“How you do one thing is how you do everything”

That was so true for me, until I found yin yoga.  An A type personality, for all its connotations for being strong, determined and driven, the flip side of this is; unwavering conscientiousness, perfectionism, working too hard, never stopping, constantly busy, always pushing, always driving.  One word:  exhausting.  My seemingly laid back attitude, my friendly outgoing personality and my adeptness at deflection belies a strong drive and an almost steely determination. And this mask is perfect for me because I am scared of failure and if I do fail, it looks to the world that I didn’t try that hard anyway, and that it doesn’t really matter either.

But then I found yin yoga, or it found me. My first yin class, lucky me, was with Paul Grilley, the Godfather of yin.  I came to his yin yoga and anatomy training, not because I had any interest in yin, it was because of his anatomy knowledge and application of this to yoga.   I always assumed yin wasn’t for me, slow, restorative, calming, grounding, long held stretches. No thanks.  I simply wasn’t interested. I was hooked at that time by the physical, dynamic, strong, powerful challenge of vinyasa yoga. The harder it was, the more I sweated, the more challenging the sequence, the better.  But then my first yin class. Wow.  Suddenly the meaning of yoga in all its glorious simplicity and the previously elusive ‘easefulness’ landed.  The mat became a refuge, a place where I could rest and restore and that overused platitude ‘let go’ took on some meaning.  Instead of hating my body because ‘it’ didn’t do the splits, or ‘it’ couldn’t get in to padmasana didn’t matter.  Yin showed me and made me understand that every-body is different and you adjust the pose to suit your body, not contort your body (and sometimes break it in the process) to get in to the pose.  This, sadly, is a phenomena that continues to elude most students, most teachers and most teacher trainings.  There is some distorted belief out there that if you practice enough and dedicate yourself enough to asana then you will be able to contort your body in to any pose.  And the irony of this too, is that it feeds in to the belief, underneath most of us, and indeed underneath a huge number of us who turn to yoga, that we are not good enough.  That we must improve ourselves and instead of accepting ourselves and where we are at, we strive and struggle to have the perfect pose and have the perfect asana practice.  That being in a handstand or being in a pincha mayurasana or peacock or whatever, will somehow make us a better person or somehow makes us happier.   Mastering a pose is another thing we can tick of our list of achievements and is a visible confirmation to the world that we are successful.  Yin is a practice, which don’t get me wrong, will improve your flexibility, but that is a by product; there no such thing as the perfect pose and there is no such thing as doing a pose wrong.  It isn’t about mastering a pose but easing in to it.  So with this in mind you are practicing what exactly? breath, stillness, easefulness, acceptance, patience, gratitude, simplicity.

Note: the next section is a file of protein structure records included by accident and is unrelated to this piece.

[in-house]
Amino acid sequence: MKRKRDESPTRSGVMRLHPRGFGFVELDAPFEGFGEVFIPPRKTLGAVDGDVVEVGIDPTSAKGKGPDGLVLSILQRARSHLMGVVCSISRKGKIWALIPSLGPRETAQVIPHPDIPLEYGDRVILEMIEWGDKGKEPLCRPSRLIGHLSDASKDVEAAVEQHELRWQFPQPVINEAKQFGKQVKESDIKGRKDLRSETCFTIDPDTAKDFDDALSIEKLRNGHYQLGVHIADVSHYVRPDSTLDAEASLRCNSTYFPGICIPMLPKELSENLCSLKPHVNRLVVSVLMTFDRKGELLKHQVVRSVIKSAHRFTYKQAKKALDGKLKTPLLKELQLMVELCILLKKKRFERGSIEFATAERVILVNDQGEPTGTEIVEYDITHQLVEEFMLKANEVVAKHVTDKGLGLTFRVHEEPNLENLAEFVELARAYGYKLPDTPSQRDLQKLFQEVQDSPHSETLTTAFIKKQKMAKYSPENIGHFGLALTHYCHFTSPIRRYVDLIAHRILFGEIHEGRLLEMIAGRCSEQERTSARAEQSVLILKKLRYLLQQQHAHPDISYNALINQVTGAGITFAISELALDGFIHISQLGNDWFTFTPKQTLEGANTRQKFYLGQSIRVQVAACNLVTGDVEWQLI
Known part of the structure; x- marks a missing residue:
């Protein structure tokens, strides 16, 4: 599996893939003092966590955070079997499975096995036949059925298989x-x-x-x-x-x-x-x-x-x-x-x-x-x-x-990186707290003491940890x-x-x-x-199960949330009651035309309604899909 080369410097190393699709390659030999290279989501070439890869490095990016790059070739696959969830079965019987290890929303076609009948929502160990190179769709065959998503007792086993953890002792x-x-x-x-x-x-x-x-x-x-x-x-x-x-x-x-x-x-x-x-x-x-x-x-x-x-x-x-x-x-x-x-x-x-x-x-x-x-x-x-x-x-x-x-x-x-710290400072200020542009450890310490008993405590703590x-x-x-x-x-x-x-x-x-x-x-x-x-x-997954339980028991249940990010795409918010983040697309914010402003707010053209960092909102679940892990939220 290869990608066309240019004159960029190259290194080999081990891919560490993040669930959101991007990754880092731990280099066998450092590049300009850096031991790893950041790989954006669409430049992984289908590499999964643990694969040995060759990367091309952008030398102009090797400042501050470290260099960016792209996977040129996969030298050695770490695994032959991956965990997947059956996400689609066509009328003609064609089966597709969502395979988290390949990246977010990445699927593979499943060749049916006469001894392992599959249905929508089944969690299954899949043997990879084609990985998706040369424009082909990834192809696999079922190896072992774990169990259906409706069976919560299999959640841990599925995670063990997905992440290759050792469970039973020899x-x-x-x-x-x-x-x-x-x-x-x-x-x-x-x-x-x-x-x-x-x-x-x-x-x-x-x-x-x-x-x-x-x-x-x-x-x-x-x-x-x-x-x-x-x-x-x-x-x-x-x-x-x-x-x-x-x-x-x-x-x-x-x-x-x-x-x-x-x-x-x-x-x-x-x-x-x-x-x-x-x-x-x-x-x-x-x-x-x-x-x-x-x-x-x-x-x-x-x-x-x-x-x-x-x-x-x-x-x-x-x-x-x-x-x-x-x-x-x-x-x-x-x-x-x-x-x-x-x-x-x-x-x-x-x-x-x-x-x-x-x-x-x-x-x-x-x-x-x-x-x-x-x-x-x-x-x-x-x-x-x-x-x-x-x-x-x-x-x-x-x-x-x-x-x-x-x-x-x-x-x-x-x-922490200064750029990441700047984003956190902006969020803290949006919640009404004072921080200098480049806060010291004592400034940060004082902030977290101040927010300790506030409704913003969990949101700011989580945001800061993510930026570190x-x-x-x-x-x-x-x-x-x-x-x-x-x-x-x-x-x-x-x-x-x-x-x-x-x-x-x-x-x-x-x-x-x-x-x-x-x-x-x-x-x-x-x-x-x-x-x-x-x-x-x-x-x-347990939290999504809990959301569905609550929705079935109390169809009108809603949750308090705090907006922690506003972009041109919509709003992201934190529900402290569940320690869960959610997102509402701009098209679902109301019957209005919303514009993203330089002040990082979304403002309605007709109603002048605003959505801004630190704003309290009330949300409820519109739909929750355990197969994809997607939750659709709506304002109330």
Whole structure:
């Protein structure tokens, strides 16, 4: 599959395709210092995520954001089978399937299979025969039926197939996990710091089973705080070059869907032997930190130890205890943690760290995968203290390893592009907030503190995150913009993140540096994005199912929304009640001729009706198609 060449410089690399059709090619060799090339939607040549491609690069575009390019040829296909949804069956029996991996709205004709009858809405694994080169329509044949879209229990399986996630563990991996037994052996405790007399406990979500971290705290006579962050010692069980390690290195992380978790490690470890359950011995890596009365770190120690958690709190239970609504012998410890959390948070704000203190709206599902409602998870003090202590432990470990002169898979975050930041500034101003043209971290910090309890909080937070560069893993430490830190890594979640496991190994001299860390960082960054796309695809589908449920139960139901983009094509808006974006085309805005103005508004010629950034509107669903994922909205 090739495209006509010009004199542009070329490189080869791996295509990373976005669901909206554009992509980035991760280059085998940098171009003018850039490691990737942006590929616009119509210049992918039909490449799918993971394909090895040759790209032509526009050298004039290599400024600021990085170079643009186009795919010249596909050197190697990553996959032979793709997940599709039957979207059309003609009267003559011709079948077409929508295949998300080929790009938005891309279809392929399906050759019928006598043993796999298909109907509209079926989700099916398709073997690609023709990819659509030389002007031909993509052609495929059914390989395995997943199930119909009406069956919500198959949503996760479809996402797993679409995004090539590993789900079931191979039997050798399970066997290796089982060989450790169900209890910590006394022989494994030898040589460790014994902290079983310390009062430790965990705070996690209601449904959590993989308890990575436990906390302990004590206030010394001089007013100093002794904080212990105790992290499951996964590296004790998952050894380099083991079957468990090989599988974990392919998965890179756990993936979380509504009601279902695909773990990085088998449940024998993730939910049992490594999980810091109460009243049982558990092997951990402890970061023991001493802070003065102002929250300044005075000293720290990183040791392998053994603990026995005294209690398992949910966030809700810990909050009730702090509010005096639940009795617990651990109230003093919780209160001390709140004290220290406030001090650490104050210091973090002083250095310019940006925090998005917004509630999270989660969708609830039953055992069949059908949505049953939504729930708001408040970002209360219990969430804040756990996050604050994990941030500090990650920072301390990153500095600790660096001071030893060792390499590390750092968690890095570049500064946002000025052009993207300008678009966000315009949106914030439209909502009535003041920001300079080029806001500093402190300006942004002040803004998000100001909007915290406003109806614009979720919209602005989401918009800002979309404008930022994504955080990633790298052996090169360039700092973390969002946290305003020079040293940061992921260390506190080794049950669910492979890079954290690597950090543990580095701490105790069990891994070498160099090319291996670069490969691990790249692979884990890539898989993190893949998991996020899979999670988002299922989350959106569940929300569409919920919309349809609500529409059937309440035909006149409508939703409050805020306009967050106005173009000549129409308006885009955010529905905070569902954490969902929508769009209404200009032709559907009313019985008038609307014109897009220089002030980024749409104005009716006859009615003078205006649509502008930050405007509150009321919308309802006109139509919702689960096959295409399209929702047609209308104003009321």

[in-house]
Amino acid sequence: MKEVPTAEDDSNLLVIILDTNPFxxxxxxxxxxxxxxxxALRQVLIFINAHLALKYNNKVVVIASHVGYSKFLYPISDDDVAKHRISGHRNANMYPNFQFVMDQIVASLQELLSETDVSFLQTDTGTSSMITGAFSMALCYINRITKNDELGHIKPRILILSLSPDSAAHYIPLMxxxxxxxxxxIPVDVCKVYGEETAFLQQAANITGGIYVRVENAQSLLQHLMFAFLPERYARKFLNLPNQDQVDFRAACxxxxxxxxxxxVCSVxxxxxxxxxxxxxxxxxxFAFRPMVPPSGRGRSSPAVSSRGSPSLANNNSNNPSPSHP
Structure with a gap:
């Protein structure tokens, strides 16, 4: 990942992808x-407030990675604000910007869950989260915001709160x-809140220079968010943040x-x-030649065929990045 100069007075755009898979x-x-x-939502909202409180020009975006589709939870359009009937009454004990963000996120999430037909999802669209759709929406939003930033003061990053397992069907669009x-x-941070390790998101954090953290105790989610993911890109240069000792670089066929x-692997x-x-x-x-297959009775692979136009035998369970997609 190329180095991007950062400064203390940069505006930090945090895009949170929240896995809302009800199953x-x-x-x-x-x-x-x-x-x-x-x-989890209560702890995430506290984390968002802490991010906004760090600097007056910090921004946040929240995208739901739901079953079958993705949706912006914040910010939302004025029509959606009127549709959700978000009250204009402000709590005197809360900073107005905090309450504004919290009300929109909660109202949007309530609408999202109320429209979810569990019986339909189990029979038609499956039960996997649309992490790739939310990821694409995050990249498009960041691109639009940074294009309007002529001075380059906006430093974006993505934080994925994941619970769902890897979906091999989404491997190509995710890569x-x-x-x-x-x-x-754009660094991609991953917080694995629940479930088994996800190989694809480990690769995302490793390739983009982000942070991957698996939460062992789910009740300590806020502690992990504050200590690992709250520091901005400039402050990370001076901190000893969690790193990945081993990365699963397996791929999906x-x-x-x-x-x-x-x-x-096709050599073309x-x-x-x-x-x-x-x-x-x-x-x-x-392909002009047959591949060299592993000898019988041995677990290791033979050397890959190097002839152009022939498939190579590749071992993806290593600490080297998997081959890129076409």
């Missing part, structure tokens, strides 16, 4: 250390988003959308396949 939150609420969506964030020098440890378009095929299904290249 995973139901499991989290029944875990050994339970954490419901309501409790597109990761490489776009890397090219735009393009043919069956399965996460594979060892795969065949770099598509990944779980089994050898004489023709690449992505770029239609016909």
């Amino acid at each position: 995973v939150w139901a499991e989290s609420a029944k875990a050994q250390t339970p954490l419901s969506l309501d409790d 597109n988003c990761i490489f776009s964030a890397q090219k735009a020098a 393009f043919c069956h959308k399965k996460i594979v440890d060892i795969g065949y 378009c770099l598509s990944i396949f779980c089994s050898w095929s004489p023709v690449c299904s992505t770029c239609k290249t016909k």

With yin I began to understand my body and understand its limitations, and most importantly to accept it.  I came connected to my body.  Yin taught me above anything else to listen to what was going on inside.   To feel my body, to feel the pose, to experience the experience.  And then more;  yin isn’t about contracting muscles and burning calories, it is about coming to the floor and relaxing and yielding, and surrendering.  It is, dare I say, about doing nothing, BUT it is about being.  In world which trumpets busy-ness and doing, and if we aren’t busy somehow we feel guilty or inadequate, yin is a welcome relief; the antithesis of doing, striving, struggling, succeeding, achieving, it is  a respite from the constant chatter and onslaught.  And in spite of the ‘not doing’, the unravelling, the  unknotting, the release, the ‘undoing’ happens.   Once we get our ego, our mind out of the way, ironically things start to happen.   I lose the desire to achieve and I find a sense of flow in the stillness. I am able to sit with myself.  I am able to sit with the good, the bad, the ugly. I don’t run away or hide from myself or distract myself. I have the beginnings of accepting myself.  I begin to love myself.

Yin has made me realise that doing nothing is so powerful.  That letting things be, and being patient and soft and forgiving and accepting and yielding, and being passive is glorious.   We have the illusion that we are in control of our lives, our destiny, but yin shows me that by giving in and allowing and relinquishing control, judgement, expectation, this is where the magic happens.  I can start to open and soften and ride the wave.  Something greater and bigger then me carries me, supports me, I am not alone but connected.     How I did everything changed when I found Yin.

Leave a Reply

Your email address will not be published. Required fields are marked *